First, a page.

Marissa Nelson was remembered yesterday for three things—her infectious smile, love for helping others and touching the lives of many locally and internationally.
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Grieving girl attempts suicide
Grief-stricken over her mother’s suicide, a Barrackpore teenager tried to take her own life exactly one month after her mother’s death. According to a close relative, despite receiving counselling from the Children’s Authority, the child could not cope with the grief of her mother’s suicide. The mother killed herself after the child’s stepfather was killed seven weeks ago in an effort to protect the mother.
The Children’s Authority, on Tuesday, stated that the public should respect the teenager’s “right to privacy and confidentiality and afford her the opportunity to heal.” It said the Authority had been counselling the teenager, as well as six other children in the family since the incident. The girl was found by another relative frothing from the mouth in a bedroom at her father’s Kanhai South Trace home on Sunday.
She was taken to the San Fernando General Hospital where she was warded in stable condition. A bottle of paint thinners was found next to her in the bedroom. The relative said the girl asked not be visited by any family at the hospital, saying she could not see them yet. The relative said she was being monitored by a counsellor from the Children’s Authority, who stayed with her in the hospital.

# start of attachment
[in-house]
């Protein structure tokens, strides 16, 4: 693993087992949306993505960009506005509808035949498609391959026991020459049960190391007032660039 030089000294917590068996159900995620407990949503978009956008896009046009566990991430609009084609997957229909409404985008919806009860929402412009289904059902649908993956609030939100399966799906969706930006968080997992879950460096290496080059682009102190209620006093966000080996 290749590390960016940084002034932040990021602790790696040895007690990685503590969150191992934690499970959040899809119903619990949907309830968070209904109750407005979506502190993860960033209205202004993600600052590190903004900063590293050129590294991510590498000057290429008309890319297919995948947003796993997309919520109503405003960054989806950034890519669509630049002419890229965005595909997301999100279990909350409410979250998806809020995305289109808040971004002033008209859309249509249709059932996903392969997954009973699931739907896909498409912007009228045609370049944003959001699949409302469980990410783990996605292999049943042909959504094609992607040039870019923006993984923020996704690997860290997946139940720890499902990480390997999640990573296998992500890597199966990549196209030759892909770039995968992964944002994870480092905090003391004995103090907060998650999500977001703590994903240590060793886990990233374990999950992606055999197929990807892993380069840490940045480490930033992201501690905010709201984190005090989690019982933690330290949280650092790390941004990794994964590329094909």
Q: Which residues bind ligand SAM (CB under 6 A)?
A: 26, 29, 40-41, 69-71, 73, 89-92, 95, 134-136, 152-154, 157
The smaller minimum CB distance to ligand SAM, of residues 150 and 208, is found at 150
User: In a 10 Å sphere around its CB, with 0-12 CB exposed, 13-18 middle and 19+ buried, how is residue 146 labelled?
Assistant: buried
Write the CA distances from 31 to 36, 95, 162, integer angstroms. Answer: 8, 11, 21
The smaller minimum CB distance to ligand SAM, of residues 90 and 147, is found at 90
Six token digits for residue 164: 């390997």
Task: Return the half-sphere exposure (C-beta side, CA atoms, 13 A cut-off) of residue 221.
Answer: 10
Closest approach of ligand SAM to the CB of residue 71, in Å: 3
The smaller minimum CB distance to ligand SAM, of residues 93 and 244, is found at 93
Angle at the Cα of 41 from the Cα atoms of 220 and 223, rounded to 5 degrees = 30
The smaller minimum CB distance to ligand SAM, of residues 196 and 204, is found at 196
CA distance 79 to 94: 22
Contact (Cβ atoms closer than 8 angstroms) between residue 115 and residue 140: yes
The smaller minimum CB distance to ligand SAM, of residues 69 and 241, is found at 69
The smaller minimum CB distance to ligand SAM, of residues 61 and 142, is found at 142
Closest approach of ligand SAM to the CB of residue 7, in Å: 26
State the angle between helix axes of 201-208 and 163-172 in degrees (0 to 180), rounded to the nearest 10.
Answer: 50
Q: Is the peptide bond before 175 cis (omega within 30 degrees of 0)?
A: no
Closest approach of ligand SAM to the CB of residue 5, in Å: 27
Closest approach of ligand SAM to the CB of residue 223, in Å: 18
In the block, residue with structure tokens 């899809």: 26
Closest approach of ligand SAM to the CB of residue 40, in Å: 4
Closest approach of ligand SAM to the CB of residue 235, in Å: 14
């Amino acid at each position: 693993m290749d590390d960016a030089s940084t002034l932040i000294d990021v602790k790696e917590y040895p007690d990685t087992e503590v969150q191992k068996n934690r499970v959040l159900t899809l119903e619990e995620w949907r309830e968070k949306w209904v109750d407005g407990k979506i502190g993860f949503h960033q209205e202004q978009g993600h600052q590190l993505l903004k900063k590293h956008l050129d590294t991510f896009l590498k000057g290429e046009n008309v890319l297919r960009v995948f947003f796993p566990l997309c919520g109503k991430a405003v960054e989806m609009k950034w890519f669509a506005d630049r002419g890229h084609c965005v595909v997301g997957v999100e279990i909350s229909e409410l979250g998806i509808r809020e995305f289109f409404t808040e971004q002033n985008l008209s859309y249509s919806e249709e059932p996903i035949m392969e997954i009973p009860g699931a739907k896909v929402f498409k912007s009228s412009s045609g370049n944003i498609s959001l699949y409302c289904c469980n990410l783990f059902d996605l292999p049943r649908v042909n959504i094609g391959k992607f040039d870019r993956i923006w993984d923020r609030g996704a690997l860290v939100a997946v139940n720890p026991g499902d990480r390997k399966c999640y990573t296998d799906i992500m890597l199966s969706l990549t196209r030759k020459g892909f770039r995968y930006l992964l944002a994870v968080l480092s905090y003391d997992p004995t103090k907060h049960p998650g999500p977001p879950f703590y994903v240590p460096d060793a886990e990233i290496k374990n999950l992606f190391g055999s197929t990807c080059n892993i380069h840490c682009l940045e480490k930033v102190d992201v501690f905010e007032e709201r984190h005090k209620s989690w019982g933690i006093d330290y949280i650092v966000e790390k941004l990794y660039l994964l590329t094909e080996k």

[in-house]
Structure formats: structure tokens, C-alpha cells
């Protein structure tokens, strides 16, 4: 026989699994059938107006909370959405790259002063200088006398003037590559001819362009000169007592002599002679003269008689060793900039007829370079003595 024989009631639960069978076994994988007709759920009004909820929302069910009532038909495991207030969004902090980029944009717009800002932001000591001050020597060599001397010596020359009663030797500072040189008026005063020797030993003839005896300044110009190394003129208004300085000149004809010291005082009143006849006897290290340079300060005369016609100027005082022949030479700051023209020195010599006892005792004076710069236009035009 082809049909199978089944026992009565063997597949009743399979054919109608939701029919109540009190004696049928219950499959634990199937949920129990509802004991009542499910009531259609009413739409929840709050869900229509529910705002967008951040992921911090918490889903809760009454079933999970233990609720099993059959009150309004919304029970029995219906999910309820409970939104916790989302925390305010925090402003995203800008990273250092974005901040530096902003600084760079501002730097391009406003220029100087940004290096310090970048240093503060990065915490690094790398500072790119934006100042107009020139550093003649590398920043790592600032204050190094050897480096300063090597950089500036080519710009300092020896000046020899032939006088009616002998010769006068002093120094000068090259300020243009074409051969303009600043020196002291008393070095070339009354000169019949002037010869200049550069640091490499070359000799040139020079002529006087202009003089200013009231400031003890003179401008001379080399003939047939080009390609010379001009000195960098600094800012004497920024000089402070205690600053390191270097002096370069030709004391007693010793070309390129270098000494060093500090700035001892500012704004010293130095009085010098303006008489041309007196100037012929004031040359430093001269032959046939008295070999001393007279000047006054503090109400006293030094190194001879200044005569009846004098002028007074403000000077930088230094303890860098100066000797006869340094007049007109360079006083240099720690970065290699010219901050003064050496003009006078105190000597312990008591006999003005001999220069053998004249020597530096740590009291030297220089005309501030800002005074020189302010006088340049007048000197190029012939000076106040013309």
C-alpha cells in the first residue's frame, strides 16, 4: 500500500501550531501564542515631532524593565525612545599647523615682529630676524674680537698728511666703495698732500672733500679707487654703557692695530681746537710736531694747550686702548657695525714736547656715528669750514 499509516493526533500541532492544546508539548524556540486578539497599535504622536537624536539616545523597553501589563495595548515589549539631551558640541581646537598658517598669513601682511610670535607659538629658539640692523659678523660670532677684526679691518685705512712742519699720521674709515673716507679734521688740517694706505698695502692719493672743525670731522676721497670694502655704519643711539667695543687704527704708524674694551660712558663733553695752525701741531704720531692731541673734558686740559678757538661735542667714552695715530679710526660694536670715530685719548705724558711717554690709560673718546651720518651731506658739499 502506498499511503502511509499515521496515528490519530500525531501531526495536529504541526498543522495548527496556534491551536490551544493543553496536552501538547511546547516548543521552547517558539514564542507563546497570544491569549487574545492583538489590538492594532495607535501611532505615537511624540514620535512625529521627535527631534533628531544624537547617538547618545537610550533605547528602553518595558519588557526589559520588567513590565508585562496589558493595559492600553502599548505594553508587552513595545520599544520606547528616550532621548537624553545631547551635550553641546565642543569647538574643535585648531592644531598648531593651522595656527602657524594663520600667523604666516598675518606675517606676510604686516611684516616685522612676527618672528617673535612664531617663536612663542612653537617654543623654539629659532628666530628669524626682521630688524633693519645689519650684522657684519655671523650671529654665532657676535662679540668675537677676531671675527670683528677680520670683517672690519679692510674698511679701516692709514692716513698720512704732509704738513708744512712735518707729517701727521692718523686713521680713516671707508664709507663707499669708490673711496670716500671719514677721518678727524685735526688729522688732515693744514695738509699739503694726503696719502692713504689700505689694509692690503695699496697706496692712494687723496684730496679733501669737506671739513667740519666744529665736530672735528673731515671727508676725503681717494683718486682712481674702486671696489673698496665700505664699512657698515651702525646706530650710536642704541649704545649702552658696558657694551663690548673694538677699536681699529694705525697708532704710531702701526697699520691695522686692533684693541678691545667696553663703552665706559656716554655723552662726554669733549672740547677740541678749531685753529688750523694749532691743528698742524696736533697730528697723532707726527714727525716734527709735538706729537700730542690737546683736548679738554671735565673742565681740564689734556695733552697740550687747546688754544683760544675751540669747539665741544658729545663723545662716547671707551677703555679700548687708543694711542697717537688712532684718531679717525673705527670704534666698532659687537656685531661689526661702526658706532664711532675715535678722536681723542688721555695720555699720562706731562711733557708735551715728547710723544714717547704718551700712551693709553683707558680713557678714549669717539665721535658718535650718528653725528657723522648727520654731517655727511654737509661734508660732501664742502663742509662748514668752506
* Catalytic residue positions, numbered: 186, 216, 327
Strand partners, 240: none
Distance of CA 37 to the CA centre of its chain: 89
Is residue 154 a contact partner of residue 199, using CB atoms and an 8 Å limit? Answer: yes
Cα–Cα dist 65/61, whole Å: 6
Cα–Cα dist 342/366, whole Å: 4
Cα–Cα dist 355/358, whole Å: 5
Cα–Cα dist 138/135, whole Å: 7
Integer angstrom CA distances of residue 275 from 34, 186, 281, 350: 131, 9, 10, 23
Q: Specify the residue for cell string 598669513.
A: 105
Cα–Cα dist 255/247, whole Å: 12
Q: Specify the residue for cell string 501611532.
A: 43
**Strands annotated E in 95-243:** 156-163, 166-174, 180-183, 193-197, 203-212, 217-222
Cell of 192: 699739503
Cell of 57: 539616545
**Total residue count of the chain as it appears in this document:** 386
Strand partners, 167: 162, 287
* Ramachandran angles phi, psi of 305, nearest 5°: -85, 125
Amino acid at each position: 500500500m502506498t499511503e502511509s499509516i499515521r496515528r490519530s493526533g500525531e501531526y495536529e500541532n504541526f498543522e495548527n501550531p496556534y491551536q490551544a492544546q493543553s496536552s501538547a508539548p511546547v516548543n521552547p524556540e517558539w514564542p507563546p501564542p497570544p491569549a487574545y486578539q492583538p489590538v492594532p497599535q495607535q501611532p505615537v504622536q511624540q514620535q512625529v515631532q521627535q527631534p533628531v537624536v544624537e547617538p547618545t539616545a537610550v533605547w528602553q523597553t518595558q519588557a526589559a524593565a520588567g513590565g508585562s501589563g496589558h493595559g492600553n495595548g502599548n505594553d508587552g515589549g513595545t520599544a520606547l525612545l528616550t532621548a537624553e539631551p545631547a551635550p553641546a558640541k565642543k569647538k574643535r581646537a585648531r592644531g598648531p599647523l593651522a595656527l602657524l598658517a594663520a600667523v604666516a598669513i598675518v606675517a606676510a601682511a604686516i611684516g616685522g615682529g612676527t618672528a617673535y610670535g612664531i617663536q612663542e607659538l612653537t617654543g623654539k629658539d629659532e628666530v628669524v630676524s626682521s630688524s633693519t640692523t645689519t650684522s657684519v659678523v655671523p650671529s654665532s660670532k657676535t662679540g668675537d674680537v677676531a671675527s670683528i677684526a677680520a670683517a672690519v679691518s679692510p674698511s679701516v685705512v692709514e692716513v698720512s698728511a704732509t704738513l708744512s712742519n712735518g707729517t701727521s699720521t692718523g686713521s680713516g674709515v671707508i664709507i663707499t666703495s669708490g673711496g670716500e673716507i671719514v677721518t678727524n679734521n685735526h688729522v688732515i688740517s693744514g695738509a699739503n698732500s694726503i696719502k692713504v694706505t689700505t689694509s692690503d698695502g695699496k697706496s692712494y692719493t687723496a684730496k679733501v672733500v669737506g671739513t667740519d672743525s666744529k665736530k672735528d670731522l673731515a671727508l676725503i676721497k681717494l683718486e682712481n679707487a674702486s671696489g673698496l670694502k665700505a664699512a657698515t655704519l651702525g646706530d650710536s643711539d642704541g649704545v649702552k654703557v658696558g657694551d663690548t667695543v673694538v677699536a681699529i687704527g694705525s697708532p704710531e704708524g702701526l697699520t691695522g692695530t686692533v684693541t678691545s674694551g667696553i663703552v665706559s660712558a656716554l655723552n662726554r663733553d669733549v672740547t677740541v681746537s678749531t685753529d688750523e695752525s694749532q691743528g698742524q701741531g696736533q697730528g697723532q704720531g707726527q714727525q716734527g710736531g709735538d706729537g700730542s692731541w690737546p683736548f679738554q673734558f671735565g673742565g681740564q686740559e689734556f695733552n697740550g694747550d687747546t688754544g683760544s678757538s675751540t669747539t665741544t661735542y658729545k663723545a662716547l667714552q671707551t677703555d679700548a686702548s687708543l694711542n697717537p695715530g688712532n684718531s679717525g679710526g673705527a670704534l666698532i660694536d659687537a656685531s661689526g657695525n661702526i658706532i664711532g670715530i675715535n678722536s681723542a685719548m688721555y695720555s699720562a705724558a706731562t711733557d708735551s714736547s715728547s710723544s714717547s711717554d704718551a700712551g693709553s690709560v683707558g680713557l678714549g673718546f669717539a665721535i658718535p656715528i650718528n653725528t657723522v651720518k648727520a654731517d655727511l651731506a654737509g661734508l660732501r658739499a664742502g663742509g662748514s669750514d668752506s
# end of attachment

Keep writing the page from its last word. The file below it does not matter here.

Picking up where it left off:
On July 29, her stepfather, prisons officer Robert Seecharan, 36, was killed with his own licensed firearm during a domestic dispute. His wife, Sherry Ann, 35, and one of her daughters were taken into custody and spent five days being interrogated before being released on the instruction of Director of Public Prosecutions Roger Gaspard. No charges were laid for his death, as investigators ruled it self-defence.
However, a few weeks after her husband’s death, Sherry Ann took her own life by ingesting a poisonous substance at her sister’s home and died before help could reach her. Relatives then blamed the police for failing to provide counselling for the woman and her children. It was later learnt that the lack of support was due to a mix-up between the Children’s Authority and the Police Service’s Victim and Witness Support Unit.
TREAT ENTIRE FAMILY
Clinical therapist and trauma specialist Hanif Benjamin recommended that all the children of suicide victim Sherry Ann Seecharan be given intensive therapy to cope with their loss. Benjamin, who is the president and chief executive officer of the Centre for Human Development Limited, spoke to the T&T Guardian yesterday following his return from counselling flood victims in Dominica. He said the case of this family needs to be revisited carefully to prevent further tragedy.
“Medication is a key component in helping her to heal right now. Her actions are a classic sign of depression and action needs to be taken to bring her out of that dark place very quickly.”
He said the teen’s family and neighbours should also be exposed to psycho-educational training. “Serious psycho-educational work needs to be done with the entire family, her environment needs to be treated as well. You cannot treat her alone and then send her back to a family that is not aware of her feelings and problems.”